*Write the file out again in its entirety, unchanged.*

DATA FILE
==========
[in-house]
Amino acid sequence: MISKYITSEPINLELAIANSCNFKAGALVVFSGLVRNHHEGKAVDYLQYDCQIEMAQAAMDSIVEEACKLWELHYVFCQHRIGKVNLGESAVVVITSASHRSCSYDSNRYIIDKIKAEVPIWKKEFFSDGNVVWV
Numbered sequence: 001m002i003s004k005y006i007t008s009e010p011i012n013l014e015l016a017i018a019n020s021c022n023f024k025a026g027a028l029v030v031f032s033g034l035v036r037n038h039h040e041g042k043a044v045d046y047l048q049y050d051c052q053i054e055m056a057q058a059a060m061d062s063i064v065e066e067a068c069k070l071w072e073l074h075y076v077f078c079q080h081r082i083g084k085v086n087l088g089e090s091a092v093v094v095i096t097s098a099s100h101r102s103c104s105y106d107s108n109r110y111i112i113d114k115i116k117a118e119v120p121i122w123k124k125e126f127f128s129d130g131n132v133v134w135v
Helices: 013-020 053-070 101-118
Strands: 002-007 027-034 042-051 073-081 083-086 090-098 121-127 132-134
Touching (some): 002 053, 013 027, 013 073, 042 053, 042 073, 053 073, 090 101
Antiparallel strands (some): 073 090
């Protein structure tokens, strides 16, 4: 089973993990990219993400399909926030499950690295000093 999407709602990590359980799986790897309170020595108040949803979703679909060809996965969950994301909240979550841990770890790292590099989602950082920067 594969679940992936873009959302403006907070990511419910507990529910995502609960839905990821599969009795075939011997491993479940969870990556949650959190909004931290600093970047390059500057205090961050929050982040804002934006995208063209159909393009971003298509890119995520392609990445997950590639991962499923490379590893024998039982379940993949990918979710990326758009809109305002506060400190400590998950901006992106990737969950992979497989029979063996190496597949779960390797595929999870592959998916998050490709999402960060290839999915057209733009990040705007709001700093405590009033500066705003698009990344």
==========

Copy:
[in-house]
Amino acid sequence: MISKYITSEPINLELAIANSCNFKAGALVVFSGLVRNHHEGKAVDYLQYDCQIEMAQAAMDSIVEEACKLWELHYVFCQHRIGKVNLGESAVVVITSASHRSCSYDSNRYIIDKIKAEVPIWKKEFFSDGNVVWV
Numbered sequence: 001m002i003s004k005y006i007t008s009e010p011i012n013l014e015l016a017i018a019n020s021c022n023f024k025a026g027a028l029v030v031f032s033g034l035v036r037n038h039h040e041g042k043a044v045d046y047l048q049y050d051c052q053i054e055m056a057q058a059a060m061d062s063i064v065e066e067a068c069k070l071w072e073l074h075y076v077f078c079q080h081r082i083g084k085v086n087l088g089e090s091a092v093v094v095i096t097s098a099s100h101r102s103c104s105y106d107s108n109r110y111i112i113d114k115i116k117a118e119v120p121i122w123k124k125e126f127f128s129d130g131n132v133v134w135v
Helices: 013-020 053-070 101-118
Strands: 002-007 027-034 042-051 073-081 083-086 090-098 121-127 132-134
Touching (some): 002 053, 013 027, 013 073, 042 053, 042 073, 053 073, 090 101
Antiparallel strands (some): 073 090
């Protein structure tokens, strides 16, 4: 089973993990990219993400399909926030499950690295000093 999407709602990590359980799986790897309170020595108040949803979703679909060809996965969950994301909240979550841990770890790292590099989602950082920067 594969679940992936873009959302403006907070990511419910507990529910995502609960839905990821599969009795075939011997491993479940969870990556949650959190909004931290600093970047390059500057205090961050929050982040804002934006995208063209159909393009971003298509890119995520392609990445997950590639991962499923490379590893024998039982379940993949990918979710990326758009809109305002506060400190400590998950901006992106990737969950992979497989029979063996190496597949779960390797595929999870592959998916998050490709999402960060290839999915057209733009990040705007709001700093405590009033500066705003698009990344």